“Only when the last tree is cut; only when the last river is polluted; only when the last fish is caught; only then will they realize that you cannot eat money.”

No Time for Despair

early_morning_wake-up_callThe anguish that follows the changing climate of 2008 may very well be the most important wake up call any year has ever brought us. Instead of provoking a global feeling of helplessness and doom, these developments have drawn people together and inspired thousands to put their minds, energy and time to work out solutions for the problems and develop greener alternatives to our dirty methods (this includes the aviation industry, one of the biggest offenders, which is developing and currently testing biofuels – such as extract from algae – in commercial planes).

Even the environmental criminal, George W. Bush, has decided to do something for the environment (perhaps more to boost his appalling legacy) and vowed to establish the world’s largest marine protection area. Sheltered from mining and commercial fishing, the area covers about 505, 000 square km (195, 000 sq miles) in the Pacific Ocean and includes the Mariana Trench (the deepest trench on the planet), coral reefs as well as underwater volcanoes. As these places provides the habitat of hundreds of species of birds and fish which are not found elsewhere, the Bush Administration’s recent incentive  is certainly looked upon favorably. Yet, without curbing climate change the coral reefs Bush is aiming to protect will suffer from the warming oceans (by bleaching, for example) and the project will be meaningless, no more than a failed attempt to amend 8 years of disastrous environmental policies.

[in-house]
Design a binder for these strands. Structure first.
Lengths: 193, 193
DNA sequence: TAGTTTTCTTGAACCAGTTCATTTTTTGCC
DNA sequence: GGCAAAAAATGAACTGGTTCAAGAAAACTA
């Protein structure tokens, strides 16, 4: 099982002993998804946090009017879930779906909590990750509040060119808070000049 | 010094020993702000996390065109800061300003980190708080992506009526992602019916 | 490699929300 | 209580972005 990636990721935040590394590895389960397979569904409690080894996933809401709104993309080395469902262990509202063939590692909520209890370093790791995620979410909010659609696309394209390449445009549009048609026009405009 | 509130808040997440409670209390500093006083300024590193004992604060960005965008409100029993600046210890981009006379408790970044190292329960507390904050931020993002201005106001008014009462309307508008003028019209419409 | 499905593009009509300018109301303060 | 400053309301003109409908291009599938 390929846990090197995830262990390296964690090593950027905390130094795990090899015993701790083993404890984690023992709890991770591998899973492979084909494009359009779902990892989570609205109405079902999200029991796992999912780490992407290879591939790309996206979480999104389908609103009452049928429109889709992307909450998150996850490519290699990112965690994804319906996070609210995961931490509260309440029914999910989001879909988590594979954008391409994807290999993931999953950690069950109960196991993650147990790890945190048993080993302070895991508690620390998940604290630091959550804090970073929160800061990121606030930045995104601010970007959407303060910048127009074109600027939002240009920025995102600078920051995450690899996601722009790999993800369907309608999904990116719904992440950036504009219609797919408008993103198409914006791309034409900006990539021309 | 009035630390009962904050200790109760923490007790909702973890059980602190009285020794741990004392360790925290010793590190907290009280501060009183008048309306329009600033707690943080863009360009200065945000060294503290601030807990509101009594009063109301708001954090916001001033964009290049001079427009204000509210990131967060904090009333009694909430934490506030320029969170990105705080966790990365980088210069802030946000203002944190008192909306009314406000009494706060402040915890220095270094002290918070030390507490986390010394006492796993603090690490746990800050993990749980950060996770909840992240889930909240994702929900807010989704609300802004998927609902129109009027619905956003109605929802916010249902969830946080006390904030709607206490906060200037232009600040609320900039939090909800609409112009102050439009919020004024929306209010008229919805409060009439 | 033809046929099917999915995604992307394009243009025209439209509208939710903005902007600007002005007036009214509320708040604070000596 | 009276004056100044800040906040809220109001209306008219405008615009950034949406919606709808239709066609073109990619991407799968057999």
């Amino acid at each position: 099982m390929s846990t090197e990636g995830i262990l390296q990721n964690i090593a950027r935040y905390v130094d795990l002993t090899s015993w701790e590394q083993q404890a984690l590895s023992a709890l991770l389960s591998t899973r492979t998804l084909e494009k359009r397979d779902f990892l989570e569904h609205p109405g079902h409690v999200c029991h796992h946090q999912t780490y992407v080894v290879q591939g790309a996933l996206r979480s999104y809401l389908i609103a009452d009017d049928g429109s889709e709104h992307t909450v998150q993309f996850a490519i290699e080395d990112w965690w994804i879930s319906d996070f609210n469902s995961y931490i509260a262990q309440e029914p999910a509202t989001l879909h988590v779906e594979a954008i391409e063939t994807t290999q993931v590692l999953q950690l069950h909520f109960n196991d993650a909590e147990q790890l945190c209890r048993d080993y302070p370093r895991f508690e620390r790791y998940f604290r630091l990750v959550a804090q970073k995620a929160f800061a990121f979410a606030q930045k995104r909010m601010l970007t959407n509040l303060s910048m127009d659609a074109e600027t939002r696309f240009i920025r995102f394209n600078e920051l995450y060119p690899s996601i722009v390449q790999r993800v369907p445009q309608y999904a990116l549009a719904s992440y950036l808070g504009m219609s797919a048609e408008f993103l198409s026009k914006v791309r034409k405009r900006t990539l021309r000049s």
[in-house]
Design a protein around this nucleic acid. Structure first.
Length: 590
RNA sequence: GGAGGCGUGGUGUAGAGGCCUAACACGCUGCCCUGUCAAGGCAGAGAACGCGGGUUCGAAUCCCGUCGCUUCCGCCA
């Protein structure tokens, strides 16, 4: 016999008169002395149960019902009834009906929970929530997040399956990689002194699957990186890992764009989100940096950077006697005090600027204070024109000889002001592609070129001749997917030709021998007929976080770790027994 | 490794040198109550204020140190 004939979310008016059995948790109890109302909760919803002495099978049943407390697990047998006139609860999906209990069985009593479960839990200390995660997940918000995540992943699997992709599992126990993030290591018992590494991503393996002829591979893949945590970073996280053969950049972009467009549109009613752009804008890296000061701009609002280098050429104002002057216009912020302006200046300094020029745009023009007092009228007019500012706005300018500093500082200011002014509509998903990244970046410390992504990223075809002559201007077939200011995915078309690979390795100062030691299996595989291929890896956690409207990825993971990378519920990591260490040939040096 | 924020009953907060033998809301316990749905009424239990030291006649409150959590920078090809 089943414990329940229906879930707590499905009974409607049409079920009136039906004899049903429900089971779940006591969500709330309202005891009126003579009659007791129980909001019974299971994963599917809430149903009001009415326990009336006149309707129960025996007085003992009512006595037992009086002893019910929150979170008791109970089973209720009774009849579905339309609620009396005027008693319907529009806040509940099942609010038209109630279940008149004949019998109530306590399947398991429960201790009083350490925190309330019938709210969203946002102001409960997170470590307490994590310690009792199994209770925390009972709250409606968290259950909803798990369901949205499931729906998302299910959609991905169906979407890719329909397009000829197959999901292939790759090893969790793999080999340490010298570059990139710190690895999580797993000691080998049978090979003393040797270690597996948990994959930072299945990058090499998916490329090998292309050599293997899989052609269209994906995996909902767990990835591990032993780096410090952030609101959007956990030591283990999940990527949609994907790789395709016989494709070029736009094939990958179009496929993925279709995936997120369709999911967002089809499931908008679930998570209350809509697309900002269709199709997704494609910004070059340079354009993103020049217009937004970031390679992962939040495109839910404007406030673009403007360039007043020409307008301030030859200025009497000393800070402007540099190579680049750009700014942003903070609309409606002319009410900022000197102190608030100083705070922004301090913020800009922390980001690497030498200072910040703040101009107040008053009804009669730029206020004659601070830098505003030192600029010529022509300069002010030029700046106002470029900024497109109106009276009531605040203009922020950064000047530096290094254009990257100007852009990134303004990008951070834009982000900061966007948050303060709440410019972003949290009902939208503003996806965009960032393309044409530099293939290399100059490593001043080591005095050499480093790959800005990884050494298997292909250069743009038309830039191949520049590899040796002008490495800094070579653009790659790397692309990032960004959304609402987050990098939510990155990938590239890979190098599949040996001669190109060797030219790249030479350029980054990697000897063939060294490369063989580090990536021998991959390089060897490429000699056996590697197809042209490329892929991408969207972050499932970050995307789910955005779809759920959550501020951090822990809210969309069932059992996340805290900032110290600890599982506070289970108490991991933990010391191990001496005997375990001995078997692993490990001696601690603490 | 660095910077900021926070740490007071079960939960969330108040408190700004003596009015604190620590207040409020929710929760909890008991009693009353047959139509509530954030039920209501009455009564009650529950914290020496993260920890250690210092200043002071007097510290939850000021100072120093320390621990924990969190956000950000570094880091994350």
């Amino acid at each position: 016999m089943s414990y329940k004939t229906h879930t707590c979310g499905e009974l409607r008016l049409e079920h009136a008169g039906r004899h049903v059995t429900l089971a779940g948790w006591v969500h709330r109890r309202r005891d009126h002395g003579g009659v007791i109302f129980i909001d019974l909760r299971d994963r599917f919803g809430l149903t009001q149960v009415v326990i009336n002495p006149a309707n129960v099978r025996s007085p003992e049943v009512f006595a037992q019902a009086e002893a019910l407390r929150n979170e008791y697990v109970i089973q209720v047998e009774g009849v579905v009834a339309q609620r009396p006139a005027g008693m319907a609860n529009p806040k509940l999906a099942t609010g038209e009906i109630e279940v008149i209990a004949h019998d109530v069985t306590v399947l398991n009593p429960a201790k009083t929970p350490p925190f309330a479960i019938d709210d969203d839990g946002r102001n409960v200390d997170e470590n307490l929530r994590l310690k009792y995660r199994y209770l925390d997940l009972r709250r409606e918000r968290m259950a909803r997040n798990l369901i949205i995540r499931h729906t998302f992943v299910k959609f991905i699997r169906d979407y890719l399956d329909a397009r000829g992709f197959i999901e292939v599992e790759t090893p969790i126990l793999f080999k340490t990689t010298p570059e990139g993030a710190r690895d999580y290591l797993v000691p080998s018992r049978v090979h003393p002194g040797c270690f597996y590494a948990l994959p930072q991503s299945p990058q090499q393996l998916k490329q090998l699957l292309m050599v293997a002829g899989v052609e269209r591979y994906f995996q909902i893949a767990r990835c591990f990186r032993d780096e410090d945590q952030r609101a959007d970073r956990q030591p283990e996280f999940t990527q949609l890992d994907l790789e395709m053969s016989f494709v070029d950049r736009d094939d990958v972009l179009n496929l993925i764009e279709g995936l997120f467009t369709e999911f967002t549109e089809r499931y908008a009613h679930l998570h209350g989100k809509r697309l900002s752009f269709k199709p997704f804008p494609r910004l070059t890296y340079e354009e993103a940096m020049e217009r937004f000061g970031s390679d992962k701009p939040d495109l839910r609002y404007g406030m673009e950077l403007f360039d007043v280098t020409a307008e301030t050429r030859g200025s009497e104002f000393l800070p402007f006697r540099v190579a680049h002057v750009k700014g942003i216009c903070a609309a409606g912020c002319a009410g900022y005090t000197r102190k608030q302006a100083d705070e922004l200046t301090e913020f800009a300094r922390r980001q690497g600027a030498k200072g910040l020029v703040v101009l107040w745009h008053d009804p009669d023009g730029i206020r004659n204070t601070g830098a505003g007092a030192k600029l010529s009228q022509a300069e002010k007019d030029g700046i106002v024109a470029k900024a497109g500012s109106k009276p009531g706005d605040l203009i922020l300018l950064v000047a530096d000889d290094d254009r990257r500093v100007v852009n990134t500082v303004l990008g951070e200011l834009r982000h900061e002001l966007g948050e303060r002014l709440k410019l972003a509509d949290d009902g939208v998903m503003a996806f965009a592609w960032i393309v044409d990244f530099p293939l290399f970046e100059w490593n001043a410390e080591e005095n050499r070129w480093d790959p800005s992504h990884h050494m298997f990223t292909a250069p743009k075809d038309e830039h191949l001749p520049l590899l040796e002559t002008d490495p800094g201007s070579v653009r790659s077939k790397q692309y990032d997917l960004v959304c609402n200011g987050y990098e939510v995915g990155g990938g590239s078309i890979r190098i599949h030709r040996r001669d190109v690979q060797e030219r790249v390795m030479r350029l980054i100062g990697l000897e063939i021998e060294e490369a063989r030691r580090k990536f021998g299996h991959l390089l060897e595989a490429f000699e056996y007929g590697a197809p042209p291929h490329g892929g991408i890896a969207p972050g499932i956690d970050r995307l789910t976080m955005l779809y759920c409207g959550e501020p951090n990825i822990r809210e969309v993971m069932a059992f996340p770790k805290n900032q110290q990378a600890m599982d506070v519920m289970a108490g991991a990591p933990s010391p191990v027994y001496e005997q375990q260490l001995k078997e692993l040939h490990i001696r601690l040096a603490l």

However, great initiatives to slow down and ultimately stop global warming are also being made in the U.S. As 2008 brought us the final phase of the Bush era, these initiatives have come from a fairly new face in the political arena. President elect Barack Obama, who is facing the towering task of creating more than 3 million jobs in the midst of a financial crisis, has seen opportunities (rather than anguish) in this challenge and vowed to invest a substantial amount of money to double alternative energy production in the next three years (now he needs to realize that there is no such thing as “clean coal”).